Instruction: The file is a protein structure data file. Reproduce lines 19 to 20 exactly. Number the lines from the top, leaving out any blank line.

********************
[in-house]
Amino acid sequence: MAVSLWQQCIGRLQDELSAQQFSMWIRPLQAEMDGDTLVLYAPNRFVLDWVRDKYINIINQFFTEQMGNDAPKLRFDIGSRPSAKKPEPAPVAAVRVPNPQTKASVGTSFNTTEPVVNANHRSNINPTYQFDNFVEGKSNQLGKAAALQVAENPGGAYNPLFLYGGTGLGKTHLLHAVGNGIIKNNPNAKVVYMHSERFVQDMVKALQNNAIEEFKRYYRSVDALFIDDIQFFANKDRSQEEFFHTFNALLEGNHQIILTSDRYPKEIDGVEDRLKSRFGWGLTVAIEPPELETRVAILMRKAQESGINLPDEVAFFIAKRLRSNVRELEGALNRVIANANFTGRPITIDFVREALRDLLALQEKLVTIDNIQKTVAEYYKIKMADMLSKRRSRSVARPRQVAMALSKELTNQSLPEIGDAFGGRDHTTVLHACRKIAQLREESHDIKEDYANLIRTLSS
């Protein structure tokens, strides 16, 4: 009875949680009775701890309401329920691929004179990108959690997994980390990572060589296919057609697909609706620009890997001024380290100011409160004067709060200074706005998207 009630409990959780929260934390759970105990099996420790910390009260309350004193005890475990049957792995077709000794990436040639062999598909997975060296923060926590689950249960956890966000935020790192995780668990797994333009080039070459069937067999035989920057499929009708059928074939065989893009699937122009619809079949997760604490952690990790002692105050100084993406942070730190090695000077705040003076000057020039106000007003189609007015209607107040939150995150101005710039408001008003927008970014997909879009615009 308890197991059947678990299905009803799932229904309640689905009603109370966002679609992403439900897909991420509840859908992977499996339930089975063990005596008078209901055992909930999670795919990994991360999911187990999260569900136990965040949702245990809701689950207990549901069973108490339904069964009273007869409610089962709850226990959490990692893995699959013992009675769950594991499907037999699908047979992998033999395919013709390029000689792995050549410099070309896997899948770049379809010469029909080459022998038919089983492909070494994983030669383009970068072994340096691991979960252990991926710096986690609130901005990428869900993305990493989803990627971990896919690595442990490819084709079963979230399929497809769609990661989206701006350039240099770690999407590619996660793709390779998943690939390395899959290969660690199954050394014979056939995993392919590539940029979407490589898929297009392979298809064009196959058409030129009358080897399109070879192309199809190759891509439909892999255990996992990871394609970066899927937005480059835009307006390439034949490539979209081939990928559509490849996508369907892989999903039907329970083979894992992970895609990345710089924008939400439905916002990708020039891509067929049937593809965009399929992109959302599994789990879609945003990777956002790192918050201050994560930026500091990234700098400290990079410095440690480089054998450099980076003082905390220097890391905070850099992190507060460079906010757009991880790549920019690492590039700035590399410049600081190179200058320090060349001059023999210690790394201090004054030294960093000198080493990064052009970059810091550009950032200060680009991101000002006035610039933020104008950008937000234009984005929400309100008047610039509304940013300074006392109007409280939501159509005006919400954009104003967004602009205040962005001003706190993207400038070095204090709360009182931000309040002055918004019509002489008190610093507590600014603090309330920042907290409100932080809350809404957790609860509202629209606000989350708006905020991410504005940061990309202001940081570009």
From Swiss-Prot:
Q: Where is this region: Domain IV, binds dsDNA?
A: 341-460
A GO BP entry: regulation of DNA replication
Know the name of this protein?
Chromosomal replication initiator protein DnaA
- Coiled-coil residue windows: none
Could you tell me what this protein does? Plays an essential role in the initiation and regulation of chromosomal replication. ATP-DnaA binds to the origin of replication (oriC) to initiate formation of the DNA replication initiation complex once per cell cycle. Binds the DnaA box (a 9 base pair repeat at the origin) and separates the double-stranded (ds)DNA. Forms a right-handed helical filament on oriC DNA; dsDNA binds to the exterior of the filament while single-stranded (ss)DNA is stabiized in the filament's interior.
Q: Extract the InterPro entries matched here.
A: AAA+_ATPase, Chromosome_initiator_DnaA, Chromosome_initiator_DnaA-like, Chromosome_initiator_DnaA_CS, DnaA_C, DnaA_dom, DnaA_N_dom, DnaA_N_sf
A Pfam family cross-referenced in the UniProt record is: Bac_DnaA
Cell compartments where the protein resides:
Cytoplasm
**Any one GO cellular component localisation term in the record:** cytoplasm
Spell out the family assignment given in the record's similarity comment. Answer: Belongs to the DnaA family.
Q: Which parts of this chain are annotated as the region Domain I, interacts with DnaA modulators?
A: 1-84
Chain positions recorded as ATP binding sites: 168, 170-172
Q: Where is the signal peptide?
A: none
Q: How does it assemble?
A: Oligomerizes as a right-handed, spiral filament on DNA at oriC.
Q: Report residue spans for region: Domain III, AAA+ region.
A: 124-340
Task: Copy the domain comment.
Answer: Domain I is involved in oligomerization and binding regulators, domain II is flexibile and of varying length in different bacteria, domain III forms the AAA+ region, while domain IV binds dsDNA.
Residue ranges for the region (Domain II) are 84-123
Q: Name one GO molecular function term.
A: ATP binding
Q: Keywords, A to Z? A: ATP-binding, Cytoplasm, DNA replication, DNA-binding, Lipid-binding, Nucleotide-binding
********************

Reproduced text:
Q: Which parts of this chain are annotated as the region Domain I, interacts with DnaA modulators?
A: 1-84